Stories > From Corn to Bioplastic

2017 • Issue 2

From Corn to Bioplastic

Olive Greenʼs products are made by combining cornstarch and plastic; its product range includes disposable food containers, as well as disposable plates and cutlery.

Homegrown company Olive Green makes disposable tableware, carrier bags and other packaging products from corn as an eco-friendly alternative to petroleum-based plastic products.



he production of petroleum-based plastic products not only depletes the world’s fossil fuel reserves, it also contributes to global warming by emitting carbon dioxide.

In addition, some petroleum-based plastic products can take up to 500 years to break down in landfills, and incinerating them only releases more carbon dioxide into the atmosphere. To address the issue of plastic waste and help reduce carbon emissions, a Singapore company called Olive Green has come up with an alternative to petroleumbased plastic packaging.

Founded in 2008, Olive Green develops, manufactures and distributes bioplastic Origo - made primarily from cornstarch – in the form of disposable tableware, carrier bags and other packaging products. A family friend had introduced Aloysius Cheong, Olive Green’s managing director and chief executive officer, to a company that was producing bioplastic in China in 2006.

“ Our CornWare is widely used in the food and beverage industry, and is registered in more than 30 countries, including the United States. The products are practical, sturdy, customisable and affordable. ”

Aloysius Cheong, managing director and chief executive officer of Olive Green

At the time, Cheong, who was managing a tuition agency, was looking for eco-friendly alternatives to petroleum-based plastic products. He sensed an immense potential for green materials in the disposable packaging industry as consumers were becoming more environment-conscious. He decided to create cornstarch-based eco-friendly products at competitive prices for the market. He says: “From food and beverage packaging to the electronics and pharmaceutical industries, the sectors we could enter into were limitless. We just had to get the product and price right to make it work.”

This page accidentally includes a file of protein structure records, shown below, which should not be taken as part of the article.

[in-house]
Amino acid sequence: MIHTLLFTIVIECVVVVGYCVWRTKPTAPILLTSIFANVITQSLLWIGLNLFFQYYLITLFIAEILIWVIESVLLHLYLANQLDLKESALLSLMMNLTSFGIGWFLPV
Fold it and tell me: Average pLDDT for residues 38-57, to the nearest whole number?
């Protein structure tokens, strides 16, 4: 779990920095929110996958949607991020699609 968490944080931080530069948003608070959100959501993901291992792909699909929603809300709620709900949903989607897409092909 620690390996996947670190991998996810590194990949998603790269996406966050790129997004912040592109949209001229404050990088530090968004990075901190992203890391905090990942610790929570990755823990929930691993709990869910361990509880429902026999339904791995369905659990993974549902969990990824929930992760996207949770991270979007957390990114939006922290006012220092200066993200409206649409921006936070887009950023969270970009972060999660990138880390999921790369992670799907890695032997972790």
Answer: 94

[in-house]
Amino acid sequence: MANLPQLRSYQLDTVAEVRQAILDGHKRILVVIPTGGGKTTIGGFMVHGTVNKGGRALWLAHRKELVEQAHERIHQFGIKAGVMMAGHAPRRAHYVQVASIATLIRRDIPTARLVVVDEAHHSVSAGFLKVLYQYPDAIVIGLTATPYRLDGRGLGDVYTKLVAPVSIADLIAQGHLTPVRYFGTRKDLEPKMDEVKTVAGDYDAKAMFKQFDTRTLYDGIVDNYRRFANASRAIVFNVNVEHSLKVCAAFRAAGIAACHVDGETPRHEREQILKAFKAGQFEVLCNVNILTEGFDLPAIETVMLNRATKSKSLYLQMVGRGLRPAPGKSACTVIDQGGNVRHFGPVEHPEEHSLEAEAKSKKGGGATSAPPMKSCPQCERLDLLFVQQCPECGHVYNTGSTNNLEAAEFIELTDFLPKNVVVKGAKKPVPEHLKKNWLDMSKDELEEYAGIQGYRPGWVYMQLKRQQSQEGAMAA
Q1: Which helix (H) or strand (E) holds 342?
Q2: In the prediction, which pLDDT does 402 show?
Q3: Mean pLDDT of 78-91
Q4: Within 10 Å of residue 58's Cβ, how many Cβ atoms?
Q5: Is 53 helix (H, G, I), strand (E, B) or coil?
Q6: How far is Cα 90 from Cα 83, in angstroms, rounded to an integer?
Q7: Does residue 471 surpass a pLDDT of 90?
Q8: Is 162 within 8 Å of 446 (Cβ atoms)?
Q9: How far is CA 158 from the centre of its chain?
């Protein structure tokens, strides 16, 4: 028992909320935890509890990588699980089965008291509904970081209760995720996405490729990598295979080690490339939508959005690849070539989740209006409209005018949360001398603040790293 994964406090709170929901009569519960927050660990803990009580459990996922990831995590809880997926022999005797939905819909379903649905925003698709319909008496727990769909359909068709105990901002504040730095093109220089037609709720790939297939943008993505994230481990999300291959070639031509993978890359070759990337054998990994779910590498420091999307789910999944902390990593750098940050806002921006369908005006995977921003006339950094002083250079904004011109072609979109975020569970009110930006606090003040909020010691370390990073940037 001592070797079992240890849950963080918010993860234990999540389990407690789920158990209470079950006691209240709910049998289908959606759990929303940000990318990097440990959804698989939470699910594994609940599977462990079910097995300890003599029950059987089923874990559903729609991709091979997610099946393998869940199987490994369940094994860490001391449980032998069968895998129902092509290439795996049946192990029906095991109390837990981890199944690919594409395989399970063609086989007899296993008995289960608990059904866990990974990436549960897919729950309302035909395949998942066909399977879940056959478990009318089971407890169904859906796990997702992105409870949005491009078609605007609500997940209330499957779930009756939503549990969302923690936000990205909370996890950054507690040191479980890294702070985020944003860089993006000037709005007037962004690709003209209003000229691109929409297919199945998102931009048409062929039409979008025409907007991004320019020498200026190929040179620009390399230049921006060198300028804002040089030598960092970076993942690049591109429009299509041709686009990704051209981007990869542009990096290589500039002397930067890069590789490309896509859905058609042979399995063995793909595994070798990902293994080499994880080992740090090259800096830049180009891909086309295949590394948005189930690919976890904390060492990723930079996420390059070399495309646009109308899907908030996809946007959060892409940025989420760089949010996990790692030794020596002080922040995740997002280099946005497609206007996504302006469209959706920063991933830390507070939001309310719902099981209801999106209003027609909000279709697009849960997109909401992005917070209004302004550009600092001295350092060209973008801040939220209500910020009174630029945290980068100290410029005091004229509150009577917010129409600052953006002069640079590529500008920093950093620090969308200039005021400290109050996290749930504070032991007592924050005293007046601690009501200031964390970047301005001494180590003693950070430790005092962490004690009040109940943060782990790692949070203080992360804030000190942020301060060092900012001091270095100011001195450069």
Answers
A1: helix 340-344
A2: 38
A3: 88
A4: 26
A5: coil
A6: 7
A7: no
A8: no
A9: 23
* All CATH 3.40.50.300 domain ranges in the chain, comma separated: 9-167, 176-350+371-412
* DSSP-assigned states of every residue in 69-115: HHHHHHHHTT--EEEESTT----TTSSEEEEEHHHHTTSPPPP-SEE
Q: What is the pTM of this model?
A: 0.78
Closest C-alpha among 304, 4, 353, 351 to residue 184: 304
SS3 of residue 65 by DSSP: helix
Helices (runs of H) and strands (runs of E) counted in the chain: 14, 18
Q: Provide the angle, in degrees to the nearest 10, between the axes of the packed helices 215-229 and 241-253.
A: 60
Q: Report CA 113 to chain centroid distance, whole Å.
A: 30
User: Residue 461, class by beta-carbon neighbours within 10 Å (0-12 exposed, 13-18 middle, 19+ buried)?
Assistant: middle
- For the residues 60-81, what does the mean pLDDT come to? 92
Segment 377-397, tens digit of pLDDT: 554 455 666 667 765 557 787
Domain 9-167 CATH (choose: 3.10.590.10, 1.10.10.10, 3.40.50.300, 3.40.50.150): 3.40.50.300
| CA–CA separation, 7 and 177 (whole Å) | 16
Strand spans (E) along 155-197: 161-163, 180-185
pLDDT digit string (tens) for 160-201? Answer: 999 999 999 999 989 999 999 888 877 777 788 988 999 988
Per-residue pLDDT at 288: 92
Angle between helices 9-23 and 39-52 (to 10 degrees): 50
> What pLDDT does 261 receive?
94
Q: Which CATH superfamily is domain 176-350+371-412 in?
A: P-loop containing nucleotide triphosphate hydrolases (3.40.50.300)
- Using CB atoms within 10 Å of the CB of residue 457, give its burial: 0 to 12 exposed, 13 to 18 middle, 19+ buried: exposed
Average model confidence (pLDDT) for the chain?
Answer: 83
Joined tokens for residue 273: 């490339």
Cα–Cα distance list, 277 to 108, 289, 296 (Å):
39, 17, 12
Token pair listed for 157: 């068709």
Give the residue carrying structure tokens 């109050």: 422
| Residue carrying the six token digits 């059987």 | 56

Origo is environmentally friendly and sustainable in a number of ways. It significantly reduces our dependency on petroleum, and produces far less carbon dioxide than petroleum-based plastic when it is landfilled or incinerated. The corn used is a fast-growing crop grown specifically in China for this purpose, so it does not contribute to global food shortage.

To make Origo, Olive Green chemically combines cornstarch with a plastic hybrid – in a ratio of just over 60 per cent cornstarch to slightly less than 30 per cent plastic – and a small amount of filler ingredients. It then uses specialised machinery to create different products, such as its CornWare brand, which includes bento boxes, plates, cups and cutlery. It also makes trash bags and carrier bags under the CornBag brand.

Cheong says that plastic is added into the production to make its products functional. He adds that while a plate made of 100 per cent cornstarch is more eco-friendly, it is not functional as it will be too soft and cannot hold liquids properly. Plastic additives make the plate firmer, more suitable for its intended purpose, and more affordable to produce.

As it is composed mainly of cornstarch, a natural raw material, Origo is 100 per cent biodegradable and 70 per cent compostable. Cheong says it can be broken down naturally by microbes at a composting facility. The corn component is turned into humus, an organic material, while the plastic portion is broken down into nano-sized particles. The compost formed is non-toxic, so it does not pollute the land or water bodies when it runs off and finds its way into rivers and seas.

Unlike tableware made from conventional plastic or styrofoam, its tableware can be heated to a high temperature, such as in a microwave oven, without releasing harmful substances into the food. Says Cheong: “Our CornWare is widely used in the food and beverage industry, and is registered in more than 30 countries, including the United States. The products are practical, sturdy, customisable and affordable.”

Apart from selling its products in Singapore’s supermarkets and exporting them overseas to countries like the United Kingdom and the United States, Olive Green also supplies them to companies such as food services and facilities management company Sodexo in Singapore. Roshith Rajan, Sodexo’s corporate responsibility lead for Asia-Pacific, says: “Consumers are increasingly aware of the challenges faced by the environment and count on Sodexo to provide responsible services. Our collaboration with Olive Green in the use of biodegradable CornWare products is a step in this direction.”

Moving ahead, Cheong says that his focus for the next three years is to work on introducing better products to the market.

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